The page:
“You did nothing. That doesn’t mean you’re innocent.” The tag line is intriguing, thought-provoking and compelling; immediately your brain starts whirring with possibilities as to what it could refer to. As with any crime, there’s portioning of blame and victimisation, but this book explores the circumstances that surround human decisions and the flight or fight instinct when faced with certain situations. The bright and colourful cover of a story who’s blurb ultimately talks about friendship may make you think this could have a happy ending. But, it’s far from it.
Firstly, I was struck that the book was going to be formatted as a sort of ‘memoir’ primarily from one of the characters in the 1st person, but then as I read on the other characters were written 3rd person, which I thought it was a little odd, but it actually works. It works this way so that you get the true sense of hunters versus prey. The personal touch added by Cassie in 1st person really helps to portray the other characters in their genuine light. They can’t hide.
There are 2 main timelines running through this book; “that night” in August and a 4 day period September/October on the South Coast. I like how the flashbacks are mixed in, but not in chronological order. It really adds to the sense of suspense, because the vital moment isn’t revealed until the end, so you get given the run around by the author each time an anomaly is divulged you think you’re close to the resolution, but no, the story continues on.
Delving into the notion that everyone’s lives are connected, no matter how loosely, and that they will inevitably cross over at some point is so very interesting. Do strangers really exist? This intertwining paradigm can almost impersonate parasitic ivy vines weaving their way around an object until it is held so tight and cannot escape. Lies create loose ends and those loose ends are the vines that suck you down deeper. Sometimes, not even telling the truth will loosen the grip they have on you; it can just raise more questions, and cause even more trouble.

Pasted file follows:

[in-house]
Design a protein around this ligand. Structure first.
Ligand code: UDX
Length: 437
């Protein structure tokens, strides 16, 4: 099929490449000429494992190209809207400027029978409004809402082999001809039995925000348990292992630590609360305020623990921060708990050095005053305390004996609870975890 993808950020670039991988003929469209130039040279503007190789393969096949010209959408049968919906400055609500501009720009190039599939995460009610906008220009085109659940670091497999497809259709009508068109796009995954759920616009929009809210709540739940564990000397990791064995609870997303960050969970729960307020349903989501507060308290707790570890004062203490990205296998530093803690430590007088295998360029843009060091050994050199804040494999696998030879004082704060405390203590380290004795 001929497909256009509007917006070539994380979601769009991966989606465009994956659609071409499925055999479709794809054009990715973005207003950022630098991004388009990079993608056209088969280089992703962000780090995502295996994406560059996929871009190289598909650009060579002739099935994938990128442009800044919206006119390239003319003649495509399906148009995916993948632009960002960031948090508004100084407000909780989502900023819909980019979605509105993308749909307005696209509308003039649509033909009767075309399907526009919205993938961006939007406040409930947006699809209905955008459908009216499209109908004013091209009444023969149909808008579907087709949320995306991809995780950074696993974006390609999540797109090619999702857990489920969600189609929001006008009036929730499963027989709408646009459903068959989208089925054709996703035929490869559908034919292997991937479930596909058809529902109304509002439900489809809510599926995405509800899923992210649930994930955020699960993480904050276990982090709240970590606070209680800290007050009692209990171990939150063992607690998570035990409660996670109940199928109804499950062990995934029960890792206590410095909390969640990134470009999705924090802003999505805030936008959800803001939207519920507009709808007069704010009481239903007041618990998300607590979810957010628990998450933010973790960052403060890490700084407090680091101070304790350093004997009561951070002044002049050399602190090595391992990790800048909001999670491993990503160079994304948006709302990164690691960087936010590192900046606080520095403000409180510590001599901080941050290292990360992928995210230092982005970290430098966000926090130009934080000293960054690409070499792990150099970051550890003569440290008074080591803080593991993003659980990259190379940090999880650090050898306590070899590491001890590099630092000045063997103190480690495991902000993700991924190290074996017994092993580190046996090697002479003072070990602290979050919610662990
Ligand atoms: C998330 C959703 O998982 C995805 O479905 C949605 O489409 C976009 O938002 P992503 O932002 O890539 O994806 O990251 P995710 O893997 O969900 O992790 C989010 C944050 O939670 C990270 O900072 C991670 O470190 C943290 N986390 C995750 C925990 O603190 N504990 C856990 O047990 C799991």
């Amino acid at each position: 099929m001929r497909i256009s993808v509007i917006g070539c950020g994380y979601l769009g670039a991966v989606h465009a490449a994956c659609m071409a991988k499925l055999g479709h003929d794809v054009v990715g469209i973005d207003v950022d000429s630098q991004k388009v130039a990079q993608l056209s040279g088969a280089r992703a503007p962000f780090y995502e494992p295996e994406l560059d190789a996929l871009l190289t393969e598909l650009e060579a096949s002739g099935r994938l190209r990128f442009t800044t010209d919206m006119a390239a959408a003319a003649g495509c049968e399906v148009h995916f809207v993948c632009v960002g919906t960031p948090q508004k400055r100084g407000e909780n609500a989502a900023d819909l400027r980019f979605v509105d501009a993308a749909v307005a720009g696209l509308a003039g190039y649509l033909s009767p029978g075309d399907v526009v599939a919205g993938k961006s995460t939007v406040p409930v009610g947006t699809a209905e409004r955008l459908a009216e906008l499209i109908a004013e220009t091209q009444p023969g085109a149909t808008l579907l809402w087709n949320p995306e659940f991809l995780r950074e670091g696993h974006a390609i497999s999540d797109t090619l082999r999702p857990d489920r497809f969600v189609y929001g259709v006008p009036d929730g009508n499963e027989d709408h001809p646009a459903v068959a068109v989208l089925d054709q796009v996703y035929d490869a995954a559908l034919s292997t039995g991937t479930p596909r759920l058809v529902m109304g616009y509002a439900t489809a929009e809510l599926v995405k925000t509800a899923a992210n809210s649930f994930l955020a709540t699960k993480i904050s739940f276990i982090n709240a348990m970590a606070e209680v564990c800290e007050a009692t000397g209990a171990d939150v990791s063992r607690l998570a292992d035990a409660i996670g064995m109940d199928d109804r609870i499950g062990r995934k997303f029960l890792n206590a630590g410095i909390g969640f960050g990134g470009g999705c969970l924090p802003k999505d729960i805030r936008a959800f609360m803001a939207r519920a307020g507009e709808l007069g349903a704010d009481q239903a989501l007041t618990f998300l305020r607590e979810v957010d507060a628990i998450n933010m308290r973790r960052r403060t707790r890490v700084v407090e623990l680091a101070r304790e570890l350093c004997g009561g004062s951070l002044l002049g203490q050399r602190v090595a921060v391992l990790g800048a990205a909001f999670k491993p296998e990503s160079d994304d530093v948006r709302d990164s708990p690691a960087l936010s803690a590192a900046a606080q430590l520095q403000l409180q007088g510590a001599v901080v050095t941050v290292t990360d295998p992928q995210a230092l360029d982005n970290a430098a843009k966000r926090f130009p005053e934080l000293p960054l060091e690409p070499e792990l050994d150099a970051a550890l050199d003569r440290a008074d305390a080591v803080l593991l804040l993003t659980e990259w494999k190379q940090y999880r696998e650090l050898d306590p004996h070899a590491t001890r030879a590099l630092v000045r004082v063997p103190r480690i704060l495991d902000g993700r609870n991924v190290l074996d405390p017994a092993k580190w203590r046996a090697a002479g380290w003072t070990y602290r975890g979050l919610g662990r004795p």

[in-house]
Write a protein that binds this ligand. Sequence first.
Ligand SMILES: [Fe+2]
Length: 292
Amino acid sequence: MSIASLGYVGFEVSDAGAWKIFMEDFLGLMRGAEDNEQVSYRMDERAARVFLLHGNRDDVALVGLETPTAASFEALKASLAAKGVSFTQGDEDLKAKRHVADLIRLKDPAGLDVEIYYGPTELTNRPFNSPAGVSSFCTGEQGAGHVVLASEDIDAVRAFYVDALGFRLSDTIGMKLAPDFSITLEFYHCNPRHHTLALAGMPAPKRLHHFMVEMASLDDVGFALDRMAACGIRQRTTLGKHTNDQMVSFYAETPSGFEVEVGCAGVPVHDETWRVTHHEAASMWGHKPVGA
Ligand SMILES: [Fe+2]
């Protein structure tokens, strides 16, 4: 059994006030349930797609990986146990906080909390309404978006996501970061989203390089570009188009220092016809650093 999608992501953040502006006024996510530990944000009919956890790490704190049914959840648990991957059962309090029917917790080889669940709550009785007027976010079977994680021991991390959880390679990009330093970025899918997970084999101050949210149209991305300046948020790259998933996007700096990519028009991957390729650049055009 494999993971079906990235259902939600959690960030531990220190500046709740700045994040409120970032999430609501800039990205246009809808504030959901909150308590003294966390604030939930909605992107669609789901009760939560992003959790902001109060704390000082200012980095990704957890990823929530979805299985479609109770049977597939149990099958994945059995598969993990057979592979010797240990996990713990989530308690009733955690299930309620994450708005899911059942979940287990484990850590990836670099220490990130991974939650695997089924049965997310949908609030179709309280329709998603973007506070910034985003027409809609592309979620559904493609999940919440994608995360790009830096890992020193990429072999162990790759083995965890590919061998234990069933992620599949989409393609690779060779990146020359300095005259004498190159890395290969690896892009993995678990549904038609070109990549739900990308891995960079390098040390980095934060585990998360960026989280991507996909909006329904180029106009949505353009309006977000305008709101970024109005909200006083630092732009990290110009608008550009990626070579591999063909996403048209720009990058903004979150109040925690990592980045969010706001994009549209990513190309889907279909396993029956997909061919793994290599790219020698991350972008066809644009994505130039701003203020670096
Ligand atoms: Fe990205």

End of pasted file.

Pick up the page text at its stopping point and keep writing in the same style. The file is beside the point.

Groups of friends unknowingly create this impenetrable bubble around their lives, secrets and memories. All of which get blurred by time, alcohol (and other substances) and each time a story is recalled it can change slightly; a “chinese whisper” effect. But when a crime (or crimes) are involved, there is a truth. There is an accountable person, or persons, regardless of if or what they remember. And if other people were present, even if they weren’t directly accountable, they weren’t necessarily innocent either. This is an interesting, questioning, socially-orientated book, and I would recommend reading it if you like an unconventional approach to shake up your usual reading because it’s not a typical thriller, so it makes a nice change from a run of traditional novels. And who knows, you might learn something about yourself – because if you were there that night, what would you have done? And are you sure? – GJ